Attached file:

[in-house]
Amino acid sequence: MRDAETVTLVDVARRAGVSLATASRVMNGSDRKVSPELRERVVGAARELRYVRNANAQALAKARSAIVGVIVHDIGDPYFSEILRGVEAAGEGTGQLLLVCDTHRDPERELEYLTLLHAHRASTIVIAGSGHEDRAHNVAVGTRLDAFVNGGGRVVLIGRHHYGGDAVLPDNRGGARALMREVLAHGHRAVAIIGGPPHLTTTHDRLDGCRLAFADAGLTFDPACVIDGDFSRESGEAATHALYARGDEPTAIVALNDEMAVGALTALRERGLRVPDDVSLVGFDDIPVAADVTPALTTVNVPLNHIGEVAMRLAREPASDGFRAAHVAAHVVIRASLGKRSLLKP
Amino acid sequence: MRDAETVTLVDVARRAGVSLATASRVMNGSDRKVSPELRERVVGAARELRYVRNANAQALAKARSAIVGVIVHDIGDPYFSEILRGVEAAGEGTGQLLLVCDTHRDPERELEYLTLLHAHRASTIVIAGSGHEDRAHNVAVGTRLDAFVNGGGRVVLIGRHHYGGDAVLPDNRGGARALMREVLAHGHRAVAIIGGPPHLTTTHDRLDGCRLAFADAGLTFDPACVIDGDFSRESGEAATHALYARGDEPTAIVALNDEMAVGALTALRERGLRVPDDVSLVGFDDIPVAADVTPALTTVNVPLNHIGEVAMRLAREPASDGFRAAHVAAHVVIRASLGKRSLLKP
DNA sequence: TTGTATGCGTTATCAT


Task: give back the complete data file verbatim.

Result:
[in-house]
Amino acid sequence: MRDAETVTLVDVARRAGVSLATASRVMNGSDRKVSPELRERVVGAARELRYVRNANAQALAKARSAIVGVIVHDIGDPYFSEILRGVEAAGEGTGQLLLVCDTHRDPERELEYLTLLHAHRASTIVIAGSGHEDRAHNVAVGTRLDAFVNGGGRVVLIGRHHYGGDAVLPDNRGGARALMREVLAHGHRAVAIIGGPPHLTTTHDRLDGCRLAFADAGLTFDPACVIDGDFSRESGEAATHALYARGDEPTAIVALNDEMAVGALTALRERGLRVPDDVSLVGFDDIPVAADVTPALTTVNVPLNHIGEVAMRLAREPASDGFRAAHVAAHVVIRASLGKRSLLKP
Amino acid sequence: MRDAETVTLVDVARRAGVSLATASRVMNGSDRKVSPELRERVVGAARELRYVRNANAQALAKARSAIVGVIVHDIGDPYFSEILRGVEAAGEGTGQLLLVCDTHRDPERELEYLTLLHAHRASTIVIAGSGHEDRAHNVAVGTRLDAFVNGGGRVVLIGRHHYGGDAVLPDNRGGARALMREVLAHGHRAVAIIGGPPHLTTTHDRLDGCRLAFADAGLTFDPACVIDGDFSRESGEAATHALYARGDEPTAIVALNDEMAVGALTALRERGLRVPDDVSLVGFDDIPVAADVTPALTTVNVPLNHIGEVAMRLAREPASDGFRAAHVAAHVVIRASLGKRSLLKP
DNA sequence: TTGTATGCGTTATCAT